If you’ve ever worked in customer service (everyone should!) you’ve heard your boss say that making the customer happy is key to delivering great service.
Though customer service is a key activity for all businesses, customer service is not a job people jump with excitement to do. Maybe because there are some ideas that have gone unchallenged for many decades that make it a not so great job!
I worked as a customer support representative for Verizon when I was in High School. I was pretty good at customer service, and was highly regarded for it. I can remember having maybe one or two bad experiences with customers who shouted at me over the phone because they were frustrated with their situation, frustrated because they were in a transfer loop and because they couldn’t hear what I was saying.
But I had colleagues who had bad experiences all the time, and those stories would become part of the lunch conversation. Most of these stories wouldn’t make sense because customers would just be mean to CSR’s for no apparent reasons other than just vent their frustration.
I remember one particular story where a customer told the CSR, “I really hope you’re not stupid like the other guy because I’m really pissed right now!”. As a CSR, how do you respond and deal with that?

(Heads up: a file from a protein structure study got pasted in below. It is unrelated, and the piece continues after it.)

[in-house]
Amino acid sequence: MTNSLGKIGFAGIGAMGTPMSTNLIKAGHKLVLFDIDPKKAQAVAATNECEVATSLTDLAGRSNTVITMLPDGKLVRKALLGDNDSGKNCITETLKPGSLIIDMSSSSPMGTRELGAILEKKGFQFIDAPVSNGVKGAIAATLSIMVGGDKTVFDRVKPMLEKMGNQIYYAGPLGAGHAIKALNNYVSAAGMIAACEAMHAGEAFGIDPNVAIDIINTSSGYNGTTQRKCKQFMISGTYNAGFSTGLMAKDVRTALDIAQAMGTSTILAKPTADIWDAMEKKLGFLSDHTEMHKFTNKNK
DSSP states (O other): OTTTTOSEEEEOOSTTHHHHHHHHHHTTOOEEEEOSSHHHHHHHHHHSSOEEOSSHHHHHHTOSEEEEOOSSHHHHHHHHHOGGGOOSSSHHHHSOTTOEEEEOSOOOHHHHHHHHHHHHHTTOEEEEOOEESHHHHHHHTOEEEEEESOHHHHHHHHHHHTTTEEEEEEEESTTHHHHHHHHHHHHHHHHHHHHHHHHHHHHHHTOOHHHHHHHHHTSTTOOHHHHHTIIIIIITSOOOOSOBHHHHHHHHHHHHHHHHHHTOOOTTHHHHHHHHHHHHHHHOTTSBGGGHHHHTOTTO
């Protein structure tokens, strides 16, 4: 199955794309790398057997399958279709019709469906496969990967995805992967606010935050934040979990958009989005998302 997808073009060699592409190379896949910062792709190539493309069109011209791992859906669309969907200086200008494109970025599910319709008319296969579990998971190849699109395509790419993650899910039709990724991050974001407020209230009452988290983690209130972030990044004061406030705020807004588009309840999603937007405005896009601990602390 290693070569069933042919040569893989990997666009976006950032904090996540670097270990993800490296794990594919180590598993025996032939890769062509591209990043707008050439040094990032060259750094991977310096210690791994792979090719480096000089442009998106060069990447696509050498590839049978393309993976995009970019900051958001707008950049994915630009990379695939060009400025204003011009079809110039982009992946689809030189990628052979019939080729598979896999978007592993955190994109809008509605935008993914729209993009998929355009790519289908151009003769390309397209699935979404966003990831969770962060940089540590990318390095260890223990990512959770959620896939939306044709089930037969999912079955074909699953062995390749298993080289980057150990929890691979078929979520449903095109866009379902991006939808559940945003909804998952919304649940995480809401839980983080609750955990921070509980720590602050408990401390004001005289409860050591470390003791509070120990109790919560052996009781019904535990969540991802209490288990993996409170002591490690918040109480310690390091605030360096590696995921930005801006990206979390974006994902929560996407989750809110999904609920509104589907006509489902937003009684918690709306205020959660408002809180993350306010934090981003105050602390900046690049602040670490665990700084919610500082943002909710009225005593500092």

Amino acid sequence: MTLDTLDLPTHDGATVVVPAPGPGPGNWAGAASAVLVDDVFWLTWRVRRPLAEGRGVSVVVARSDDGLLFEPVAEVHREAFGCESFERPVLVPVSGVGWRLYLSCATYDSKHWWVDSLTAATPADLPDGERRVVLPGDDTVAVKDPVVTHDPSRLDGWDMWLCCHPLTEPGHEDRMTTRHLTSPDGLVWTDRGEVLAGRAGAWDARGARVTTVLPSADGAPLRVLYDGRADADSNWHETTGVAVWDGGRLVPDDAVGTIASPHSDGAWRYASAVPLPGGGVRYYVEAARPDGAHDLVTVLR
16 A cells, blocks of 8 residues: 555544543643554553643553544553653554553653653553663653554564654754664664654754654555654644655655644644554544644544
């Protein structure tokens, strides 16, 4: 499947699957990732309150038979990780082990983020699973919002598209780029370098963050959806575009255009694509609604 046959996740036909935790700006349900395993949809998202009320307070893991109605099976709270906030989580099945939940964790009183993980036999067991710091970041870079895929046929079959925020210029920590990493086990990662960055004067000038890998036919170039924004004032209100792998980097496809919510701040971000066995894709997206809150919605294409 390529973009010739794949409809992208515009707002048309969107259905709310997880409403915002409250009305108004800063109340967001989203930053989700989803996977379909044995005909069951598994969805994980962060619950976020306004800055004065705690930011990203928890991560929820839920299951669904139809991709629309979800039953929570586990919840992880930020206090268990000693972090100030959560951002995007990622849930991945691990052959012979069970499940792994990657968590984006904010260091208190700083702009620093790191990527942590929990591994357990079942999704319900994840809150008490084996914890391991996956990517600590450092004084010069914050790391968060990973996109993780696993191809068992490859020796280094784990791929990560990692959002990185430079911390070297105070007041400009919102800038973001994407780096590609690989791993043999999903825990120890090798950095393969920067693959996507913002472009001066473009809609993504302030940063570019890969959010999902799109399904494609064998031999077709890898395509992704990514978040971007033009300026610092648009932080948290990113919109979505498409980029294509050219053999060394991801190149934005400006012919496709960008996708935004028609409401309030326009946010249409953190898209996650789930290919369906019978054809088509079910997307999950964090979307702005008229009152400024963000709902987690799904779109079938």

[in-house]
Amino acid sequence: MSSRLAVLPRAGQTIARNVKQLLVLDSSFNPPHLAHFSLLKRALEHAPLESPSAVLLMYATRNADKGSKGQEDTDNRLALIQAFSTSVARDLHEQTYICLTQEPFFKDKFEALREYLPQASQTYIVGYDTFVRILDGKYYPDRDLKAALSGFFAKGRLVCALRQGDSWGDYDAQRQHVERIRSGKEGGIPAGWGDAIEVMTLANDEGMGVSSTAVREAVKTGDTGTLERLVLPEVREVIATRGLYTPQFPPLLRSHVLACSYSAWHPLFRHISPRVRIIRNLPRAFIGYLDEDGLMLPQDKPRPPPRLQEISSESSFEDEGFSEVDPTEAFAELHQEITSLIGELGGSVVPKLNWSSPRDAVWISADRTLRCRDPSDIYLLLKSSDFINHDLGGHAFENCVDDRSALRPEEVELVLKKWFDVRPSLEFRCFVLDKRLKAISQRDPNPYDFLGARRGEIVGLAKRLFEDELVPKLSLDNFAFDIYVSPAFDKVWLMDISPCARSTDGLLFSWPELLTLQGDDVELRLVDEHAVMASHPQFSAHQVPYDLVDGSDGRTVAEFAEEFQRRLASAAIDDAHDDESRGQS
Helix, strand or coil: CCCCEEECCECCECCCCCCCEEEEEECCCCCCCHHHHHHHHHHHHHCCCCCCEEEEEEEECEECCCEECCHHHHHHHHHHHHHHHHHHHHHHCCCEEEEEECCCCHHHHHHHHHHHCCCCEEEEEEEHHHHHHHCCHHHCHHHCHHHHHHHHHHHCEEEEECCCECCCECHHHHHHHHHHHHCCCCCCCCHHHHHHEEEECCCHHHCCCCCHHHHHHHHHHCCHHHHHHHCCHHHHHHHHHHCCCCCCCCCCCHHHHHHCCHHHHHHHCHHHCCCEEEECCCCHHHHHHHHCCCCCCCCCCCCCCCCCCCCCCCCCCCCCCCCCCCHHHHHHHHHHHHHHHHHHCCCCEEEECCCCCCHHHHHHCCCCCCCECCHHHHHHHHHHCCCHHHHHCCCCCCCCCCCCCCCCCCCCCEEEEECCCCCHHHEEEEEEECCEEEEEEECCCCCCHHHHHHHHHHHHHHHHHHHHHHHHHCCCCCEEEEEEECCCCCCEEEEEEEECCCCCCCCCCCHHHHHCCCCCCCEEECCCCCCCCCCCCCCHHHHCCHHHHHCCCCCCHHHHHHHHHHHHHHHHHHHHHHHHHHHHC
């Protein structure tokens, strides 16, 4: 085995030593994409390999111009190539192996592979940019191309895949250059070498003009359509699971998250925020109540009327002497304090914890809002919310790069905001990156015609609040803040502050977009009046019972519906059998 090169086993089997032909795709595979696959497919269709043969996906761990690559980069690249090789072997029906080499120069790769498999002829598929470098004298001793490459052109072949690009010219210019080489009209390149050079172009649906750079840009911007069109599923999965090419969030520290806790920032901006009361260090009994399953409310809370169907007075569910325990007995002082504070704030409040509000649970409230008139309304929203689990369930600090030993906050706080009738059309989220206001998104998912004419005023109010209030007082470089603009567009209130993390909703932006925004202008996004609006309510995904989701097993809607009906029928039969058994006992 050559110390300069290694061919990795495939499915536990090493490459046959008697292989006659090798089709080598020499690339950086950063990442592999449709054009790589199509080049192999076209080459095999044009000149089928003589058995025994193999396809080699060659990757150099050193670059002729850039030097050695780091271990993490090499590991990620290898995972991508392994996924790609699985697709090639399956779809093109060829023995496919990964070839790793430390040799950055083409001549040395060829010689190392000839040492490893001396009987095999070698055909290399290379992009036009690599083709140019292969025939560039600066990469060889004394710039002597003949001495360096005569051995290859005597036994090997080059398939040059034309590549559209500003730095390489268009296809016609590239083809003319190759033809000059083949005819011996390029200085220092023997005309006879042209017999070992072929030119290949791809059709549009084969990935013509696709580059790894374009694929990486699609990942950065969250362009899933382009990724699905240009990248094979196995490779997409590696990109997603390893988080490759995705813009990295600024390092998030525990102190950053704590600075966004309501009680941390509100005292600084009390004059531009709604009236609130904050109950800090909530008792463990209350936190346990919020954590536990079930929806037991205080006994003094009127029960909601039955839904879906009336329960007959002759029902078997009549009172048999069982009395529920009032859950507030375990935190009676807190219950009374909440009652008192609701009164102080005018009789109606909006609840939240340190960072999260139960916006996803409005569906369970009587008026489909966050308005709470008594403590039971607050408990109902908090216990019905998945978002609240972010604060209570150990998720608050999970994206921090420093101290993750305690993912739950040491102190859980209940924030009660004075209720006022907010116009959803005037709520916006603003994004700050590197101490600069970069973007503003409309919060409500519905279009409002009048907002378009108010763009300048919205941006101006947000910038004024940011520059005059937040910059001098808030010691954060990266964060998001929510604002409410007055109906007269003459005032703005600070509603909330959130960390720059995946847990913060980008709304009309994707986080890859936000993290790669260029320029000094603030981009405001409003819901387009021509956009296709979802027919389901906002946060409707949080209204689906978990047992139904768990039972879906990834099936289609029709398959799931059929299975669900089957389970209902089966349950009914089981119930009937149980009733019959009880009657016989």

Anyway, Verizon had some procedures and policies in place that created these conditions. I didn’t follow most all of them because I saw them as a waste of time for the customer, and I could troubleshoot faster by not following them. And two of those policies were wrong: the customer is always right and you should never argue with a customer.
These policies put CSR’s in a bad position because they put the customer in a pedestal!
I agree with Dan. “The customer is always right” is wrong because there are wrong customers, it affects employee morale and productivity, it doesn’t lead to better service, not all customers are worth keeping, you can’t satisfy everyone and customers are human too so they will be wrong often.
The problem with “the customer is always right” is you put them in a pedestal where they can do no wrong. This puts CSR’s in a difficult position because companies are afraid of losing customers if CSR’s don’t suck up to them, which affects employee morale, productivity and drives people out. Now you have to replace a trained employee if he / she leaves, with another that you have to invest time and money to train to do the job; and then the process repeats itself.
So, what’s the solution?
Focus on your employees. If you want to deliver great service, treat employees like customers. Why? Think about it, employees help build your company from the inside, they create the products and services for customers, they interact with customers and deliver great service; they are your company. Why would you treat them differently from your customers?
Bottom line: You should always aim to delight customers, but not at the cost of drama and employee morale. A great employee experience equals a great customer service experience.